Controversy Stalking Cannes?

Weighty issues and ideas will mix with glitz as the film world's grandest red carpet becomes crowded with celebrities for the Cannes Film Festival.

With Tom Hanks comes religious debate as "The Da Vinci Code" opens Cannes on Wednesday. With Oliver Stone comes a glimpse of his upcoming Sept. 11 drama "World Trade Center." With Sarah Michelle Gellar and Dwayne "The Rock" Johnson comes a look at Los Angeles of the near future on the cusp of social and environmental chaos in "Southland Tales," an offbeat combination of musical comedy and sci-fi thriller.

With former U.S. Vice President Al Gore comes the documentary "An Inconvenient Truth," a dire warning that the dangers of global warming are real, imminent and potentially catastrophic.

Even the comic-book world's favorite mutants are turning somber with a dark, apocalyptic battle in "X-Men: The Last Stand."

Thank goodness talking animals will be on hand to lighten things up, with Bruce Willis as mouthpiece for a rascally raccoon and Garry Shandling providing the voice of a cautious turtle in the animated comedy "Over the Hedge."

One and all will be marching the red carpet that swoops up an imposing staircase to the festival's main theater, running a gantlet of tuxedo-clad photographers who try to out-shout one another to catch the stars' attention.

"It is the red carpet of all red carpets," said Willis, previously at Cannes with "Pulp Fiction."

"That was just completely overwhelming," Natalie Portman said of her first experience on the Cannes red carpet at last year's festival for "Star Wars: Episode III — Revenge of the Sith."

"I've never seen so many photographers and fans. I've never seen anything like that before," said Portman, who co-stars in this year's Cannes entry "Paris, I Love You," a collection of 20 short films set in the French capital from such directors as Gus Van Sant, Alexander Payne, Alfonso Cuaron, Wes Craven and Joel and Ethan Coen.

"Da Vinci Code" director Ron Howard is an old hand at Cannes with such films as "Willow" and "Far and Away." Playing opening night at the 59th Cannes festival caps a huge marketing blitz for the adaptation of Dan Brown's best seller, which debuts in theaters worldwide this week.

"It's going to be kind of nice to go and get it out of the way," Howard said. "It's an honor to be selected. This is a huge international film festival, and this is a very international kind of movie."

Always representative of world cinema, the Cannes lineup includes Pedro Almodovar's fanciful "Volver," reuniting him with Penelope Cruz; Alejandro Gonzalez Inarritu's drama "Babel," with Brad Pitt, Cate Blanchett and Gael Garcia Bernal; Ken Loach's "The Wind that Shakes the Barley," an Irish historical saga featuring Cillian Murphy; and "The Caiman," a satiric assault on Italian Prime Minister Silvio Berlusconi, directed by Nanni Moretti, whose film "The Son's Room" won the top prize at Cannes in 2001.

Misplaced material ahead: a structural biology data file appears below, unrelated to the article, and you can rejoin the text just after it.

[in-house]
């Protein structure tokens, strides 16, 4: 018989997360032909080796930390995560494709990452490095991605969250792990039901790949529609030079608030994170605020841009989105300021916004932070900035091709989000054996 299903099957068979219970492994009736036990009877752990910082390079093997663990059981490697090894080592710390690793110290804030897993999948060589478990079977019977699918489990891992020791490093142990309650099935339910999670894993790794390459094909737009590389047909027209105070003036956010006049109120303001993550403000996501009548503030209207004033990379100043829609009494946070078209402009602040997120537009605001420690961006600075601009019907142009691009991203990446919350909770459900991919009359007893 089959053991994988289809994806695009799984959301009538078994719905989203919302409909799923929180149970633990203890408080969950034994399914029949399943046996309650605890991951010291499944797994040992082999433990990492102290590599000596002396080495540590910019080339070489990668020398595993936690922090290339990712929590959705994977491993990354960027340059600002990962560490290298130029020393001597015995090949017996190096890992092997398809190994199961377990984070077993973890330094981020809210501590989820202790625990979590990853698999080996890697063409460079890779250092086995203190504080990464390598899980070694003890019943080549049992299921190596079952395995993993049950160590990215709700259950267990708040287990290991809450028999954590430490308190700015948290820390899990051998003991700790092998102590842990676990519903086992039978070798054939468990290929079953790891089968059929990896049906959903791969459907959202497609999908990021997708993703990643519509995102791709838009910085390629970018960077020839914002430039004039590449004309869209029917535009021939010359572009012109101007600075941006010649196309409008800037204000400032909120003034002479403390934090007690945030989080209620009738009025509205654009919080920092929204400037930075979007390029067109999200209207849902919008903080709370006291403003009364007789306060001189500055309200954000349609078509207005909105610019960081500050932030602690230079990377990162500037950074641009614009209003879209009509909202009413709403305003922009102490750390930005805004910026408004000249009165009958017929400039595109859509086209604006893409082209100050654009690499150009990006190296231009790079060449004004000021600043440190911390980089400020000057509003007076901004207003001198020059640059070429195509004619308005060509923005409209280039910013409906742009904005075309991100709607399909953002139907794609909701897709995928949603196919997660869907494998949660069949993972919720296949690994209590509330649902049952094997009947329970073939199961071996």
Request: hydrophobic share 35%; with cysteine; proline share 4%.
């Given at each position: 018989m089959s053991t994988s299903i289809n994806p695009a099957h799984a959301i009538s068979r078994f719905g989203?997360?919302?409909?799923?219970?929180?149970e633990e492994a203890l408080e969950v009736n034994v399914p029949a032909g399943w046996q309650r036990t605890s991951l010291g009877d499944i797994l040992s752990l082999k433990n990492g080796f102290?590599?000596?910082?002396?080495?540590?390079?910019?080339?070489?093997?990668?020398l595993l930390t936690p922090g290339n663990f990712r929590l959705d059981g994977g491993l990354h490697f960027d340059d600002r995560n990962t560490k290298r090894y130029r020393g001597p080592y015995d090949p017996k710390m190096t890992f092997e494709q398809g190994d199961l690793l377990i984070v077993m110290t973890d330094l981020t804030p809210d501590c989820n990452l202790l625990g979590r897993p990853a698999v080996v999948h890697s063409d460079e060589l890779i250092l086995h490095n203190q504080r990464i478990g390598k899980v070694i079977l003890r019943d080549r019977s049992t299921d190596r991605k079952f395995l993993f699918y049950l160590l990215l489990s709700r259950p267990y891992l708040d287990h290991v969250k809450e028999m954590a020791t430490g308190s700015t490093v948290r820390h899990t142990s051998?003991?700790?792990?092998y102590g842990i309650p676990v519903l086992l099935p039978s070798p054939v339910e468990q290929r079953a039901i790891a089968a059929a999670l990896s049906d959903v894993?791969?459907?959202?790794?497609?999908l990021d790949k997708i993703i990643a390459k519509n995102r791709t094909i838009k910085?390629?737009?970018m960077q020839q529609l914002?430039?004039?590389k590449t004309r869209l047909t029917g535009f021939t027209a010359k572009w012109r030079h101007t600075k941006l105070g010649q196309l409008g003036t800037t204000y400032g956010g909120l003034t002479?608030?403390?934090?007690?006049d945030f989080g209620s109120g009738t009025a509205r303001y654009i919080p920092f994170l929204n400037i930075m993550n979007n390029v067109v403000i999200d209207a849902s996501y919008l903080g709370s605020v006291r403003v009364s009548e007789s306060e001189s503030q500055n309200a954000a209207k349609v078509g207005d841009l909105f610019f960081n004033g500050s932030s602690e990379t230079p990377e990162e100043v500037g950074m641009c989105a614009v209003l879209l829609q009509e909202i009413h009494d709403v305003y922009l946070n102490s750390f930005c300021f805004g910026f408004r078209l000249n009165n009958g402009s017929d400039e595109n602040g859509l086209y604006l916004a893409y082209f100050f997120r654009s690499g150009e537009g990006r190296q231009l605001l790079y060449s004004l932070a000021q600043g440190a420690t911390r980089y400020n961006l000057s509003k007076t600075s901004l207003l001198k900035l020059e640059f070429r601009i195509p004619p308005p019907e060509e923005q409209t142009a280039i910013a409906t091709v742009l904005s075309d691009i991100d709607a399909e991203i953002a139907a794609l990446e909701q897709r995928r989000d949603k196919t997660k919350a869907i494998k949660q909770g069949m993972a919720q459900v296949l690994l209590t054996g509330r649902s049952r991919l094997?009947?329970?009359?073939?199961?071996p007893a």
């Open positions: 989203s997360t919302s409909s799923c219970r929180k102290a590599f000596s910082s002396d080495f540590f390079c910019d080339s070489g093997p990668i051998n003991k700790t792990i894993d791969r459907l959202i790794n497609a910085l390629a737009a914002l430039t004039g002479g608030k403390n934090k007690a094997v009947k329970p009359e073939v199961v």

Other U.S. filmmakers at Cannes include Sofia Coppola with "Marie Antoinette," starring Kirsten Dunst as the 18th century noblewoman; Kevin Smith with "Clerks II," the follow-up to his independent hit; and Richard Linklater with two films, the burger bash "Fast Food Nation" and the Philip K. Dick sci-fi adaptation "A Scanner Darkly," featuring Keanu Reeves, Winona Ryder and Robert Downey Jr.

Director Stone comes to Cannes for a 20th anniversary presentation of his Vietnam masterpiece "Platoon," which will be preceded by preview footage from "World Trade Center," with Nicolas Cage in the story of two policemen trapped in the rubble of the twin towers.

Cannes also will feature "United 93," Paul Greengrass' docudrama about passengers who fought back against their hijackers on Sept. 11.

Gore has become a reluctant movie star since the Sundance Film Festival premiere of "An Inconvenient Truth," chronicling his elaborate slide shows to educate people about global warming.

Joking that he "probably will not be seen in a bathing suit on the beach" at Cannes, Gore said he will take the festival hoopla in stride, recalling a New Yorker cartoon he once had hanging in his U.S. Senate office.

The cartoon showed a dog "with a funny little party hat on, riding a tricycle on the stage of a grand opera house, all three tiers filled with the bedecked and bejeweled, and the caption is, 'I don't know why they like this, but I'm going to keep on pedaling,"' Gore said. "That's pretty much me on the red carpet at Cannes."
By DAVID GERMAIN
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